In 2007, the corporation became the lead agency for Nevada County’s Continuum of Care. The Continuum of Care consists of a coalition of county agencies, profit and nonprofit agencies, religious organizations and community members who are working to end homelessness in Nevada County. Nevada and Placer County became a combined Continuum of Care in 2011. Even though the organizations are combined, each county receives funding for their individual areas.

In 2009, the corporation signed a Memorandum of Understanding with Nevada County’s Behavioral Health Department to obtain and provide property management for permanent supportive housing. These homes are for chronically homeless individuals with mental illness. Currently, the corporation houses 41 people through this partnership. Since inception we have housed 68 people. Several have moved onto independent living.

What is your primary service area (specific city, countywide, the region?)

We primarily serve western Nevada County.

List the biggest achievements in your nonprofit’s history.

Building the first affordable apartment complex in Nevada County.

Providing Permanent Supportive Housing for qualified individuals.

List the biggest challenges you face.

Identifying and engaging landlords willing to rent to the low-income population.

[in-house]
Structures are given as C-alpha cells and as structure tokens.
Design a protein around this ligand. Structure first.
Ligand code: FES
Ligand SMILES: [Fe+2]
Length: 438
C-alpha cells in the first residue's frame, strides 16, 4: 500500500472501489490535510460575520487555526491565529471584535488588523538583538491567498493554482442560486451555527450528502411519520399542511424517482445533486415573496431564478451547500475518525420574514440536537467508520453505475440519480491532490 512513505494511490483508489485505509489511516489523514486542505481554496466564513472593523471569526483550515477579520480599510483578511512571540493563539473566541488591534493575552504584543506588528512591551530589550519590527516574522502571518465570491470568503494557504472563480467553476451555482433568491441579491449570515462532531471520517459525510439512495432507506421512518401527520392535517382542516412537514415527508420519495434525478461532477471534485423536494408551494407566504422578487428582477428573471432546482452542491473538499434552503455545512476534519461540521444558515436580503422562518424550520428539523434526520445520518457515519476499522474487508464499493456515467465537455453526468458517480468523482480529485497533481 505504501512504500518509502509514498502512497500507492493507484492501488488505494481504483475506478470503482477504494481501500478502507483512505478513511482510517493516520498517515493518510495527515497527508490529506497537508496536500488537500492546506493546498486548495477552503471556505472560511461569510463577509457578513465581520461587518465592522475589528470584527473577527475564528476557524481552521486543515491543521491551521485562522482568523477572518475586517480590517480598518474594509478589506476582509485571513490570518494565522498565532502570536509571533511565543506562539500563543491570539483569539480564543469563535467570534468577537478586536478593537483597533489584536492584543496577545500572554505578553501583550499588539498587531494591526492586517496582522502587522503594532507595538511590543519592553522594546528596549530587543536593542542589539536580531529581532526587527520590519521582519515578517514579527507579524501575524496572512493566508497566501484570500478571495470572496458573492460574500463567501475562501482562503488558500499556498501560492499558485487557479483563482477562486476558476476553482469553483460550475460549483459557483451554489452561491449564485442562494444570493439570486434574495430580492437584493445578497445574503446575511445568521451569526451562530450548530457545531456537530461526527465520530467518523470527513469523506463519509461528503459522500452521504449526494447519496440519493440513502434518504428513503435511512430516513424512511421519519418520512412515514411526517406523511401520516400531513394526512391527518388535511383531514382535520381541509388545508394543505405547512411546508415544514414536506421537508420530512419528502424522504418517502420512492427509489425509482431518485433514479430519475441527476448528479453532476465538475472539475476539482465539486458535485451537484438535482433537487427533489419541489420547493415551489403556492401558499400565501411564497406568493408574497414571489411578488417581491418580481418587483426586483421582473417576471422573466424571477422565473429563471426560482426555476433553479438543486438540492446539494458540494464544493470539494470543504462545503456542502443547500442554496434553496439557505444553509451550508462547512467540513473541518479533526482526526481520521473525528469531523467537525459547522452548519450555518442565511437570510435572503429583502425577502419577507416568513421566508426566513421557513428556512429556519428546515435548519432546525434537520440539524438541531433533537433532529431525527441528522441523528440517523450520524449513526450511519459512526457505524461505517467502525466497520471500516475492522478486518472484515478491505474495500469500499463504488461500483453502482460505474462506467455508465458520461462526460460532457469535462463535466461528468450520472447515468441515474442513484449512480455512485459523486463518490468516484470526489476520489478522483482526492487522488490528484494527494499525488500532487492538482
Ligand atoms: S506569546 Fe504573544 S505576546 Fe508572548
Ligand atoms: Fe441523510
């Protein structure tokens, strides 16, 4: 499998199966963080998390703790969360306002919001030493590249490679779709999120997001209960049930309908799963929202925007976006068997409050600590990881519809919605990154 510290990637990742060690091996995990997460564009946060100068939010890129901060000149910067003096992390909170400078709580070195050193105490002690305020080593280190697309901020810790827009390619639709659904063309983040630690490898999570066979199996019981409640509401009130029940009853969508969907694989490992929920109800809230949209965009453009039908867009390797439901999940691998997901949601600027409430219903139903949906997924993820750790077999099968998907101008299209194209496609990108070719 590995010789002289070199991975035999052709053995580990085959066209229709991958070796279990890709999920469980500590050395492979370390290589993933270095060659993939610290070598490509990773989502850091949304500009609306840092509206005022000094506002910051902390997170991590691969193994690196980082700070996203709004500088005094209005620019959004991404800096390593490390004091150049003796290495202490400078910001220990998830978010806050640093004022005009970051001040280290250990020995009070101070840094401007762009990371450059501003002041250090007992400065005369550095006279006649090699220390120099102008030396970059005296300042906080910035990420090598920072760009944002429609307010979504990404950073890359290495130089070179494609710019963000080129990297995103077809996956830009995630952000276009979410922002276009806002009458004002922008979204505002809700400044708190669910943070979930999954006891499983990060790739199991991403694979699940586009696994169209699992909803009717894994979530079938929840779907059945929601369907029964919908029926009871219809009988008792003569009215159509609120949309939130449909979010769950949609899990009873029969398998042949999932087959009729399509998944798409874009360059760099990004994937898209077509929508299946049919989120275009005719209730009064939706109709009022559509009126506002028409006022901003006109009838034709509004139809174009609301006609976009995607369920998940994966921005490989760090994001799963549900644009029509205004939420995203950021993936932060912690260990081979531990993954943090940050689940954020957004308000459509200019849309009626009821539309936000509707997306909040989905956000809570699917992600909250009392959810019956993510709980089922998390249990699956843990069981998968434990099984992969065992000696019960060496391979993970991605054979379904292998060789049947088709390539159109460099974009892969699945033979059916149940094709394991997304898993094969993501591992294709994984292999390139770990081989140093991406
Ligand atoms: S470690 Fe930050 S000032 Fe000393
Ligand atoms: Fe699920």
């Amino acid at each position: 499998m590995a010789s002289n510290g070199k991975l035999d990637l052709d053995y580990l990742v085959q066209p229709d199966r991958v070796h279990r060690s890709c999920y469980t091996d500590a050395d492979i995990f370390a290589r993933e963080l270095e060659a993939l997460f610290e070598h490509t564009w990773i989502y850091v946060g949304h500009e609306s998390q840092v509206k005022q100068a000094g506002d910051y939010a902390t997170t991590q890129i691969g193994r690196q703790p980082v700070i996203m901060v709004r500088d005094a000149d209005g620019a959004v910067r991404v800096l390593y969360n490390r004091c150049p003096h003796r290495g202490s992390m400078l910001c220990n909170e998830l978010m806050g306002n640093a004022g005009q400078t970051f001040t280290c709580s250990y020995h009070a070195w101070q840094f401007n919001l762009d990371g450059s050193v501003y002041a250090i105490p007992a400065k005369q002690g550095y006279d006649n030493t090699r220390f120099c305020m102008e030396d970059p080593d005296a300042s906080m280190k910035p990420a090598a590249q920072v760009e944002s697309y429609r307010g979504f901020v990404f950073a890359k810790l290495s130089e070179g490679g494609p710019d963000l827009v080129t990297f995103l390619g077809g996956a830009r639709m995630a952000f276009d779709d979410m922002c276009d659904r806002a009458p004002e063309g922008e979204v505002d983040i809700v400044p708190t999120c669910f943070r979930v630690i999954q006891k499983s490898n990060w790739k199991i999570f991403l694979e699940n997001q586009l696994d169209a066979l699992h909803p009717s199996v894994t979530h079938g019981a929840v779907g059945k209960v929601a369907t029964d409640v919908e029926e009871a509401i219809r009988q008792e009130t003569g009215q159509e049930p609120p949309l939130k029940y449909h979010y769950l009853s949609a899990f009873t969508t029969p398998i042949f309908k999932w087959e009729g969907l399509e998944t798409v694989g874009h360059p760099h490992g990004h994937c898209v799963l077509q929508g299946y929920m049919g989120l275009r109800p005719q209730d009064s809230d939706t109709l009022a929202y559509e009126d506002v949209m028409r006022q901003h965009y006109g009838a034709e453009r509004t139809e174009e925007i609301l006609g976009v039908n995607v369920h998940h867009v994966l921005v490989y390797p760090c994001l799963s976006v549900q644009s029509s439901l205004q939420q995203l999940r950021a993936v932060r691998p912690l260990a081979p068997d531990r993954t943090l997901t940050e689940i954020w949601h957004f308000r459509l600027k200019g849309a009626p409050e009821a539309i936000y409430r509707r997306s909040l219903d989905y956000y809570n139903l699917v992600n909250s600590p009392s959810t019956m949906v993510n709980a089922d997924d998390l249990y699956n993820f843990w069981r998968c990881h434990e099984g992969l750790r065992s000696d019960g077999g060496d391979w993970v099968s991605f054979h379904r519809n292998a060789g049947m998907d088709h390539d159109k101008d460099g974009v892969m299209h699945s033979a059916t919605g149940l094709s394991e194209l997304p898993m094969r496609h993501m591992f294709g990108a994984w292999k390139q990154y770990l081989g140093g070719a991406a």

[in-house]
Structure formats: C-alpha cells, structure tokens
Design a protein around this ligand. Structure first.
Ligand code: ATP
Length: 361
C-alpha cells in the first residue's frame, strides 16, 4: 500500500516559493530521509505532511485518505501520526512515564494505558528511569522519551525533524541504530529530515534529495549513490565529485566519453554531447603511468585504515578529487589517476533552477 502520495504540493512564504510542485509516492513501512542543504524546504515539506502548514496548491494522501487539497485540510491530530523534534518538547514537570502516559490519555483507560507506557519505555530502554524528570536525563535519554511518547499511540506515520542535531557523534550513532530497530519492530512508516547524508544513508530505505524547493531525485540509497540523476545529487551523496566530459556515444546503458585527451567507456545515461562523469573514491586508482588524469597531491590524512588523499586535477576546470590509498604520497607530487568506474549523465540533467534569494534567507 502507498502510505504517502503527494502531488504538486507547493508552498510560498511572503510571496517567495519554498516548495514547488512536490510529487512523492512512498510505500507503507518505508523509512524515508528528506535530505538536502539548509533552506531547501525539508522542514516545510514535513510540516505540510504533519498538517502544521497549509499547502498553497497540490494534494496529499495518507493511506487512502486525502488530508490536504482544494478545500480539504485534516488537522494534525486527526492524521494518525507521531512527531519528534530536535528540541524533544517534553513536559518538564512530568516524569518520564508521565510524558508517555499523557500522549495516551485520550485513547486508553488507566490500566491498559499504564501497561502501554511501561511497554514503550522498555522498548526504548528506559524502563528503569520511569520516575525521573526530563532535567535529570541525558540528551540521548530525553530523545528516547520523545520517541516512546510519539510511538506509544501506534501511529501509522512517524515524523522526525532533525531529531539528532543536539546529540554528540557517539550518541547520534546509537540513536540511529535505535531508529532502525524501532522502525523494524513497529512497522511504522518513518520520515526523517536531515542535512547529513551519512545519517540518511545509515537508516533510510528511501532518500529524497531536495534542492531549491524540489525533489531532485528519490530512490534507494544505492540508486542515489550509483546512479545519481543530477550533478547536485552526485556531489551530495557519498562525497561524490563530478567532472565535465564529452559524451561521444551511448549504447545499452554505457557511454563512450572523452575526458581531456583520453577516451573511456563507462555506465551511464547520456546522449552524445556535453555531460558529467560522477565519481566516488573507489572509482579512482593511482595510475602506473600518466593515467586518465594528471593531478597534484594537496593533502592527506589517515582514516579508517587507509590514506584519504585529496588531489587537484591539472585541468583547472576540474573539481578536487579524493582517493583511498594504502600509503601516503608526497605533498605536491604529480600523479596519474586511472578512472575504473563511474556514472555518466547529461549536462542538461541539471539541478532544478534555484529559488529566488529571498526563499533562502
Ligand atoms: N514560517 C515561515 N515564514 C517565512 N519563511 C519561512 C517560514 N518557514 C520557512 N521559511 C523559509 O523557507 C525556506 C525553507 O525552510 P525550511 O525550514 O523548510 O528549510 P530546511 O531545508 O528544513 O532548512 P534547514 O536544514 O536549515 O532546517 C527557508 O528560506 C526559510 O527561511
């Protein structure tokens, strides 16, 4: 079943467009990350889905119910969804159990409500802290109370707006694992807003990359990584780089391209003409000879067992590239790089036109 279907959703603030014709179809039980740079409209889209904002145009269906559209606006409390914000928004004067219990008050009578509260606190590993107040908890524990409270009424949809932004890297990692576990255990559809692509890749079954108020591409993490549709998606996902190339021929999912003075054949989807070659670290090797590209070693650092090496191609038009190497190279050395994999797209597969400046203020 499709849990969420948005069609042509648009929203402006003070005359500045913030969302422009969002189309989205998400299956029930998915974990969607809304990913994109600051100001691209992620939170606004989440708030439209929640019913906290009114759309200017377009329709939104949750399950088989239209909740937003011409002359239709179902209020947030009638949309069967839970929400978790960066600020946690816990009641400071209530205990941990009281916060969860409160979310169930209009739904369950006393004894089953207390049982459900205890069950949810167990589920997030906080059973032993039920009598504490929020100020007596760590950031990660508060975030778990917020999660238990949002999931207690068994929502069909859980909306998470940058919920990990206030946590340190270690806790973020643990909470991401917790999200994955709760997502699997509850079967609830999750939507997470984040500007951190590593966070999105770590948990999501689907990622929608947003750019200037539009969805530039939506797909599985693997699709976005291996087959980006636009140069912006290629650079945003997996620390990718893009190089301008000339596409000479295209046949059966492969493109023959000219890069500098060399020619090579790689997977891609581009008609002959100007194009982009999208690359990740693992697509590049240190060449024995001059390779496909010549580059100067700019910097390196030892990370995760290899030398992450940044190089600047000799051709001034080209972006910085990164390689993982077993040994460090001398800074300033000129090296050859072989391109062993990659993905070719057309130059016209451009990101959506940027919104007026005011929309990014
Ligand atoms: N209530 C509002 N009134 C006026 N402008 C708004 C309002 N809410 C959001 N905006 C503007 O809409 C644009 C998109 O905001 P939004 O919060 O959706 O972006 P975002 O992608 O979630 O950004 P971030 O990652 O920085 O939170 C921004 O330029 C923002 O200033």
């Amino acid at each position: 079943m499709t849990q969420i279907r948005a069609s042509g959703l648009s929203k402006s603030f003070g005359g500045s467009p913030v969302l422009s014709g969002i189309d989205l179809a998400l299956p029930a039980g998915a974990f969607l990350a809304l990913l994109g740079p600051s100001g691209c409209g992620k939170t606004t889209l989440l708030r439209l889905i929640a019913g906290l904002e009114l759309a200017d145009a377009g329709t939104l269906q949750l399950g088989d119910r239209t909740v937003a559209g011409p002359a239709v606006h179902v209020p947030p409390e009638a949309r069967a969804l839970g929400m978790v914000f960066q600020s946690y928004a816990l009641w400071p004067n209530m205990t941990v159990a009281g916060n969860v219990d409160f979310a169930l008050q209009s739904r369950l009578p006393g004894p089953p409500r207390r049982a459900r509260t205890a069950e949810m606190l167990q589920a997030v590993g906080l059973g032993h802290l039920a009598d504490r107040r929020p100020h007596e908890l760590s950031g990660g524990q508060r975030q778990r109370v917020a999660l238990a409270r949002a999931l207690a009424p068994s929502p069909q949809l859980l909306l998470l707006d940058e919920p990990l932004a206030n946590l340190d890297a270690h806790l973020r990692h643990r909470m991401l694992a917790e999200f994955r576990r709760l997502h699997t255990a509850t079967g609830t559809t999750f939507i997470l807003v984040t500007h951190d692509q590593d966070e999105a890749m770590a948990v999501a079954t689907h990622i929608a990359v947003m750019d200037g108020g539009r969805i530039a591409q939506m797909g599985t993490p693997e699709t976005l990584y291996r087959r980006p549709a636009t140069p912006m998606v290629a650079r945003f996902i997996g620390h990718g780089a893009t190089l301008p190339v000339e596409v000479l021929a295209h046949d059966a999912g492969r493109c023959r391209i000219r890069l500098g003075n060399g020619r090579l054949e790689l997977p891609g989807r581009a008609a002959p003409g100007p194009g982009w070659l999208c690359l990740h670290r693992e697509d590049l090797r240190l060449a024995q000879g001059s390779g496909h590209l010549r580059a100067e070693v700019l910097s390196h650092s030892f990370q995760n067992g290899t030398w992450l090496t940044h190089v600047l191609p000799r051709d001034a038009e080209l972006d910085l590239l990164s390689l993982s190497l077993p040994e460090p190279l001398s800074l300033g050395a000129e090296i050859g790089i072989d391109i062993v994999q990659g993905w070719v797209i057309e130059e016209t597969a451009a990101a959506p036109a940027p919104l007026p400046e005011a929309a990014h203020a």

Providing life skills for the individuals we do house so that they maintain their housing.

What is your primary goal for the next year?

Our Executive Director is retiring at the end of August, 2017. The corporation is merging with Advocates for Mentally Ill Housing. The two provide the same Property Management services; thus there will be no disruption in client services and the housing organization provides additional supportive services for the people currently housed by the corporation.

What is your primary goal for the next three to five years?

To continue serving some of our area’s most needy population by helping them obtain their basic need for housing. Your donations to the corporation or Advocates for Mentally Ill Housing can have an immediate and lasting impact on homelessness in our community.

How can someone become involved with your organization?

Confidentiality requirements prevent us from having volunteers but we do accept donations. However, donations for services in Nevada County may be set to: AMI Housing, P.O. Box 5216, Auburn, CA, 95604

United Way of Nevada County is a member of the Center for Nonprofit Leadership, which provides the weekly Know Your Nonprofit feature. You can learn more about The Center for Nonprofit Leadership online at http://CNLSierra.org. The Center is on Facebook http://facebook.com/NevadaCounty NonProfitLeadership and Twitter @NevCoNonprofits.